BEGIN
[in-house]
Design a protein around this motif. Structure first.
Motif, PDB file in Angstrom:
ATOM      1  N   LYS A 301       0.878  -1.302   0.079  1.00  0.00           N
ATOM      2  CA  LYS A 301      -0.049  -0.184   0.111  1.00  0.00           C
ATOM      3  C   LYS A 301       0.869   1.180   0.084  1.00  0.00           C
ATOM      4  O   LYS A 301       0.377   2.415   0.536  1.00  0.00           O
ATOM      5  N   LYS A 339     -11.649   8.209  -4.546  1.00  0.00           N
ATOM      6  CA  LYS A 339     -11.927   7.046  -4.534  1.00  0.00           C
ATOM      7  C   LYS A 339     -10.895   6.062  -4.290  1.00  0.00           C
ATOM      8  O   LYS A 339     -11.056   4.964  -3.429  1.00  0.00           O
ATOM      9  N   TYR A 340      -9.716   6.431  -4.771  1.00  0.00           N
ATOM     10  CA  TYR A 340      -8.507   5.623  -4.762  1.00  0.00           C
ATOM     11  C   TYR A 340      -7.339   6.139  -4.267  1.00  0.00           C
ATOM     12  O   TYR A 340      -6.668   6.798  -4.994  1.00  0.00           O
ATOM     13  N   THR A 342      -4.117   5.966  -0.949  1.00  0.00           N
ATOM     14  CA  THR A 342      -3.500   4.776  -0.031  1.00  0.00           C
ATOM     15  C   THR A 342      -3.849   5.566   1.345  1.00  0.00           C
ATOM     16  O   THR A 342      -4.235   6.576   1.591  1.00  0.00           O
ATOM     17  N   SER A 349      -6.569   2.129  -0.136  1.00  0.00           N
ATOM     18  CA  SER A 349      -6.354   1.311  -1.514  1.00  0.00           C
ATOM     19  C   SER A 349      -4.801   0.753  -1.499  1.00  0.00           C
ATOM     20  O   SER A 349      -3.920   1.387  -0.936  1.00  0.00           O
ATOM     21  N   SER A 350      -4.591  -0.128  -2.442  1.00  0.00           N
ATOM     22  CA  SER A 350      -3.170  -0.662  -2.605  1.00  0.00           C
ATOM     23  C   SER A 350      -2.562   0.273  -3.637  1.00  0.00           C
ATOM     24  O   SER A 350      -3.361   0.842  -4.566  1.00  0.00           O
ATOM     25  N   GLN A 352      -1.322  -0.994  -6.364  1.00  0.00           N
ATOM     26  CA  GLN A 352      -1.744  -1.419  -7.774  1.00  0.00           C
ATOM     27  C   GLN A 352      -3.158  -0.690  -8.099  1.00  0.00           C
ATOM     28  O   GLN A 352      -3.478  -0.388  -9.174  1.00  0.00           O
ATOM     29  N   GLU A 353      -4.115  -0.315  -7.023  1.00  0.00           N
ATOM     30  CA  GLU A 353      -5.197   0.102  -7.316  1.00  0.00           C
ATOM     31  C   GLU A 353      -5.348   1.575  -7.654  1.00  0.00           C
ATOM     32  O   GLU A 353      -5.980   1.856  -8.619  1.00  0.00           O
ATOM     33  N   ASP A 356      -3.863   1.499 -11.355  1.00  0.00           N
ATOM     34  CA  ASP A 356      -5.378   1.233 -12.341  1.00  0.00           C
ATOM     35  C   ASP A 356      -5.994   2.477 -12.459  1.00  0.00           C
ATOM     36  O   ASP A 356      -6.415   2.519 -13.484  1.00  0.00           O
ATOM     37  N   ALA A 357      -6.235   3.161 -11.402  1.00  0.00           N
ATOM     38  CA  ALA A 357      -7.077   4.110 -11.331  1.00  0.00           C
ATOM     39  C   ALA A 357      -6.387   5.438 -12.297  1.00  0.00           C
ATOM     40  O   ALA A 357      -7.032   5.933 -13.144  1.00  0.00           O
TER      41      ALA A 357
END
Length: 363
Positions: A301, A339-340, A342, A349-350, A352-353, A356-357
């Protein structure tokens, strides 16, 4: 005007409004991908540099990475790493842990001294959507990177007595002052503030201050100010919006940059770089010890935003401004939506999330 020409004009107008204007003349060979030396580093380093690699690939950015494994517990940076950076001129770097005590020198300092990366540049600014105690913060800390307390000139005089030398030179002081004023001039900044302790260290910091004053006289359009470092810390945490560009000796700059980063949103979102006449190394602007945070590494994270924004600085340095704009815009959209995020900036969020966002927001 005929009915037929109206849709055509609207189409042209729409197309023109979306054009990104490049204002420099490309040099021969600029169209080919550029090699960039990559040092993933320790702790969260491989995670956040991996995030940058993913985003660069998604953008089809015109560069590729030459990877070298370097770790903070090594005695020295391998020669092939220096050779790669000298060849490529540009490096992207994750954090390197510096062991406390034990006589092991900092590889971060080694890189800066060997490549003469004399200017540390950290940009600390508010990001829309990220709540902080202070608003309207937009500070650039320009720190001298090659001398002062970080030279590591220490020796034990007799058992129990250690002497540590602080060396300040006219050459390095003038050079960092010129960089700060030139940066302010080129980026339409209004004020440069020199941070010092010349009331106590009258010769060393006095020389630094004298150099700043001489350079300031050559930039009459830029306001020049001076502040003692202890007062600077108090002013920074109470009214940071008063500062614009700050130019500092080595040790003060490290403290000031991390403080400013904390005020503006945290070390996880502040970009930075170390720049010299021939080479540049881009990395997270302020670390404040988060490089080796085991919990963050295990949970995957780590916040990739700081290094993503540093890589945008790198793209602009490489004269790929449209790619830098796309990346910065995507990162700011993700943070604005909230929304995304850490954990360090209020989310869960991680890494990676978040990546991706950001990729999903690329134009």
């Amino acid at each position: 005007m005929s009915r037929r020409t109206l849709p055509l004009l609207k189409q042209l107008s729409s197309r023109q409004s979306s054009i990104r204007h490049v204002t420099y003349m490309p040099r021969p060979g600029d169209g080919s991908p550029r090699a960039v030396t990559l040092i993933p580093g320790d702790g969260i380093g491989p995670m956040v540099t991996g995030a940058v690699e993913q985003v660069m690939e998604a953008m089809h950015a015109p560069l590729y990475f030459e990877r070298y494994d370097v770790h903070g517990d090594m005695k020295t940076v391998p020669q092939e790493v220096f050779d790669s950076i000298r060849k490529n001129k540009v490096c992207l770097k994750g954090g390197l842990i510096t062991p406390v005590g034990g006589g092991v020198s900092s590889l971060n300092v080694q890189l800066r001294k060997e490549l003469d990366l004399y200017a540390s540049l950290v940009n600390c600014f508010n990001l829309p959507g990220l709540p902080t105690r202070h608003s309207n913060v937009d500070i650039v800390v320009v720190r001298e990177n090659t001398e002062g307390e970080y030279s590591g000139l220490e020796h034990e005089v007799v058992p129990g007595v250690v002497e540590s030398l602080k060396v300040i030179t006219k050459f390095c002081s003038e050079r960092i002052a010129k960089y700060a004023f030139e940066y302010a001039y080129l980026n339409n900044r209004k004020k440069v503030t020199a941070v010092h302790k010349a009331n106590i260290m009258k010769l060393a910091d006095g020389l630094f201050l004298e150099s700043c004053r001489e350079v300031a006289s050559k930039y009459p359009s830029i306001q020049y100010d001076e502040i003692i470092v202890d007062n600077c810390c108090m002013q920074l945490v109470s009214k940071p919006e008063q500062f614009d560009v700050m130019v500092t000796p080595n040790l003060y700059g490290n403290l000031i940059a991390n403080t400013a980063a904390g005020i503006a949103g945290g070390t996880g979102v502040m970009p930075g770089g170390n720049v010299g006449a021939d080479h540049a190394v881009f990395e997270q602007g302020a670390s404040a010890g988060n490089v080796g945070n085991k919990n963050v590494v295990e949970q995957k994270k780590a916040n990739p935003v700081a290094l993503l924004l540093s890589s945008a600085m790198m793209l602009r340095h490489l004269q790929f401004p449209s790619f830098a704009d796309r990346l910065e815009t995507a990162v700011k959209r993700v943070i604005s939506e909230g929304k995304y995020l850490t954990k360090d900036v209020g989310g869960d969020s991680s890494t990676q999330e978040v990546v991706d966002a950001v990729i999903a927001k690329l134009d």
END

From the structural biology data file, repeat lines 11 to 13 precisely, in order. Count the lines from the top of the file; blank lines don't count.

ATOM      8  O   LYS A 339     -11.056   4.964  -3.429  1.00  0.00           O
ATOM      9  N   TYR A 340      -9.716   6.431  -4.771  1.00  0.00           N
ATOM     10  CA  TYR A 340      -8.507   5.623  -4.762  1.00  0.00           C